I don’t agree.  I thought the movie was amazing.  Maybe it’s because this last year has been a hard one for me, with a lot of personal compromises, so I’m more willing to let a story float.  Maybe it’s because I’m getting older, and I could accept that Parnassus’ very longevity had taken him past caring about anything except the lost future of his daughter.  Was I completely captivated by the movie?  No.  But as it unfolded, something about it felt…. understandable.  Recognizable.   We go through life, giving people a chance to experience something right, and they either cannot or will not participate no matter how we try to draw them in.  Our loved ones are pulled along with us, some out of loyalty and some out of necessity, but the younger ones dream of when they will be able to head out on their own.  And we get tired, we simply tire out.  We don’t stop caring, but we stop caring about what we’re going to get out of it.  Then something happens, something totally unexpected, and we don’t know whether to trust that it is good, or ward against it being bad – not for us, but for those we love.  Ah, yes, I could understand all that, and I felt that this is what the Imaginarium of Doctor Parnassus was giving us.  Subtle?  Perhaps.  Flat?  Maybe.  But something I could identify with, and I think why I was so drawn to the movie.

Everything else is just trappings – and if there’s one thing everyone can agree on, it’s that Terry Gilliam knows how to give a movie-goer some marvelous trappings.  He hasn’t lost his edge in giving us ordinary images in delightfully extraordinary ways.  The Imaginarium itself allows Gilliam to cross into the fantastic with his otherworldly interpretations of “heart’s desire” – a materialistic urban matron crosses over to a river of high heeled shoes and Faberge eggs, a drunken lout finds refuge from a quagmire of empty bottles in a honky tonk bar oasis, to disastrous results.  But it’s not just the Imaginarium that allows Gilliam’s creative genius full rein, everything is fair game – the landscapes are sparse and desolate when Parnassus is lost and defeated, the homing grounds for the caravan is an urban wasteland.  The traveling caravan itself is tattered and worn, a reflection of past glory and sumptuousness spoiled and faded.  It’s glorious.

The acting is first rate, too, given that there is not a lot of nuance needed for these characters.  Christopher Plummer’s Parnassus is defeated and often drunk, only rising to the occasion when there is no way around it; his performance keeps us from feeling sorry for Parnassus, or from reviling him.  Vern Troyer is a bit shrill as Parnassus’ lifelong companion, but does well in being his moral conscience.  Lily Cole is an excellent doe-eyed, nubile young thing, with a cynical spark that keeps her from being no more than a pawn, and Andrew Garfield has just enough earnestness to keep Anton from being a youthful annoyance.  But Tom Waits – Tom Waits is absolutely picture perfect as the devil, who will stop at nothing to get what he wants, yet seems to be somewhat decent when all is said and done.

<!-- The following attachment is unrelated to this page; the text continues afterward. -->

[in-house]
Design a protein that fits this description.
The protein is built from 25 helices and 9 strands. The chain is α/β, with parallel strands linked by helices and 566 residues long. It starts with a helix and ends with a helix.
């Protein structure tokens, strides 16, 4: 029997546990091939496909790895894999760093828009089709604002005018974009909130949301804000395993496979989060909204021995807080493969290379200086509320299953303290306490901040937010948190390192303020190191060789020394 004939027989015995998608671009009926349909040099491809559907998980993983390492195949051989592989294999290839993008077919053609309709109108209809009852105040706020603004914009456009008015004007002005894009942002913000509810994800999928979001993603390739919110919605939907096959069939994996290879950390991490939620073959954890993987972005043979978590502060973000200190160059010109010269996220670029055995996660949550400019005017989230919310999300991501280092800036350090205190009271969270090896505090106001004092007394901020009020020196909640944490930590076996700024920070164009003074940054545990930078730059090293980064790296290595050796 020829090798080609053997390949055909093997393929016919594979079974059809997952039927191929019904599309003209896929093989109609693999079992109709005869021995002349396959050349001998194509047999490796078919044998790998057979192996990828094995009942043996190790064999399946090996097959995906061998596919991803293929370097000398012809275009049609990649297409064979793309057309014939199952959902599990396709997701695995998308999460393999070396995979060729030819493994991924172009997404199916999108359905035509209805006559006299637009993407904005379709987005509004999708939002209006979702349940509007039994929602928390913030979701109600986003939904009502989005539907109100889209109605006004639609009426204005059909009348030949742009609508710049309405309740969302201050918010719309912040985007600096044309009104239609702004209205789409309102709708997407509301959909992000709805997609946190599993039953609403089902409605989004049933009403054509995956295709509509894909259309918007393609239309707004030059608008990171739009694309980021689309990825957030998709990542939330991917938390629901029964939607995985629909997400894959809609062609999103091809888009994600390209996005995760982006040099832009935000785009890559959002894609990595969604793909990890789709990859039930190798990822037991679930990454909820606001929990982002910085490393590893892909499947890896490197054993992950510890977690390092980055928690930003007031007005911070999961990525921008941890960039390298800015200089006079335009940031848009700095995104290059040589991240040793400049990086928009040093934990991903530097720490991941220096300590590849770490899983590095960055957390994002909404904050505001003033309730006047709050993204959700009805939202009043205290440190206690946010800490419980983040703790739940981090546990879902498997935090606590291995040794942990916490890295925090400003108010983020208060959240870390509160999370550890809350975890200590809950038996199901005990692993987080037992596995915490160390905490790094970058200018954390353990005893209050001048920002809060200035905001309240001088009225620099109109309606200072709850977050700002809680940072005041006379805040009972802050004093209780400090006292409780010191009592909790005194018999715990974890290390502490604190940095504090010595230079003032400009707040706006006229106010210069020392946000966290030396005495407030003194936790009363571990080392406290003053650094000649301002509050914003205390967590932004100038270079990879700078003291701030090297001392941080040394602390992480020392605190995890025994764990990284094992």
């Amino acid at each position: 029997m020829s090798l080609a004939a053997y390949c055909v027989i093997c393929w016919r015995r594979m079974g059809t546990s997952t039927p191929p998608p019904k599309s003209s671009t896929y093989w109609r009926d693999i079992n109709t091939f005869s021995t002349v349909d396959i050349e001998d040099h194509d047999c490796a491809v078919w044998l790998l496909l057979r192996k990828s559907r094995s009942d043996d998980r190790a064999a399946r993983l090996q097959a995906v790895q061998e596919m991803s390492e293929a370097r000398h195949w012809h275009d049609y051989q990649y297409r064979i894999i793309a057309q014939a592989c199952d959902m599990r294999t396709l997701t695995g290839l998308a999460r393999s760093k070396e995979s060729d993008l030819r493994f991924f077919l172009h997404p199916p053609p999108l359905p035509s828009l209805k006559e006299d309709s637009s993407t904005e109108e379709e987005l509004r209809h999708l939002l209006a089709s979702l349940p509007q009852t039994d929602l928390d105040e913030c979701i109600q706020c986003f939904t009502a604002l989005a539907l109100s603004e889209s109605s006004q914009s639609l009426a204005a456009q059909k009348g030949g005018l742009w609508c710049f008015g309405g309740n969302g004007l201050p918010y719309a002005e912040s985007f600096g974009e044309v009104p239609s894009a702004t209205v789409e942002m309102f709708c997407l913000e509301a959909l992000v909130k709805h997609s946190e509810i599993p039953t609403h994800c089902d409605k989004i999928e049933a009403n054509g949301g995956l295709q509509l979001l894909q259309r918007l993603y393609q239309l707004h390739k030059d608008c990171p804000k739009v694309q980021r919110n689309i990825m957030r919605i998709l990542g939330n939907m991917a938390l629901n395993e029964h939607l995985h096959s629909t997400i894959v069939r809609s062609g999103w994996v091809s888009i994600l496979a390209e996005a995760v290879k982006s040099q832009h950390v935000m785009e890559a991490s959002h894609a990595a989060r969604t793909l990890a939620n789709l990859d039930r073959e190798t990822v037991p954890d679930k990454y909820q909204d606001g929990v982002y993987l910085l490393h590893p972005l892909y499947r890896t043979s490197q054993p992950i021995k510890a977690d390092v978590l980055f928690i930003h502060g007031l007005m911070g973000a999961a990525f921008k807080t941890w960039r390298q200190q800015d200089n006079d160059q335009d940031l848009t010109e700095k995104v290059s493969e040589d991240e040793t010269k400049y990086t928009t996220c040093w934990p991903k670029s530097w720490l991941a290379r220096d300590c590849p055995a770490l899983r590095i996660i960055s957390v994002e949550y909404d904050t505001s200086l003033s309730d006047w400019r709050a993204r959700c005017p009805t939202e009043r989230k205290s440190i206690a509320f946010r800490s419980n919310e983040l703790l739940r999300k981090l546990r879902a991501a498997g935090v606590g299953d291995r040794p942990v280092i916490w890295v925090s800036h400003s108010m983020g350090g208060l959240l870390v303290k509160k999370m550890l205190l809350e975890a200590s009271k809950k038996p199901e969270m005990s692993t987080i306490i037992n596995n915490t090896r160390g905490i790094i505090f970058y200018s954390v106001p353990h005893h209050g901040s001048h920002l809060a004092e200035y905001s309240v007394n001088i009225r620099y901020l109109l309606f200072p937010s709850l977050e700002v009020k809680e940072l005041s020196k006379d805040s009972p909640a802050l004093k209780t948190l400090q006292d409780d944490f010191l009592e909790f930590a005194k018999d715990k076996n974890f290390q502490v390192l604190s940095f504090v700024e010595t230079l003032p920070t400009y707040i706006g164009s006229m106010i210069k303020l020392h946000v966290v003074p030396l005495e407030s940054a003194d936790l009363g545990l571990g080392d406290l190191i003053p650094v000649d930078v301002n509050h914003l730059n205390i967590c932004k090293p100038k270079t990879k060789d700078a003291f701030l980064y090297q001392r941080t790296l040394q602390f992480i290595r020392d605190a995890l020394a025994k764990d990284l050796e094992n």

And what of Heath Ledger?  It is a credit to him that the character of Tony Liar, the mysterious stranger, is so confusing.  Without making himself a star vehicle, Ledger is able to easily convince us that Tony is a victim of circumstance while still keeping the door open that he may be an unscrupulous cad.  It is his performance that keeps us off balance, without a sense of the floor tilting beneath our feet.  His ability to manipulate is obvious but the motivations for why he uses that ability is exactly what makes him mysterious – we have a very hard time deciding whether he is genuine or truly devious.  And his dopplegangers (Depp, Law, Farrell) -who show up in each of Tony’s travels into the Imaginarium – mirror the slightly off kilter world that is our heart’s desire.  Sublime.

So I’m going to give this movie an A-.  I realize that others may not have as high of a regard for this movie, and their reasons sound legitimate.  But I’m going to go with my gut reaction, because, well, that’s what I do.  Go to it…. It’s a good movie, and you just might find it great.

~ by arcticwren on January 11, 2010.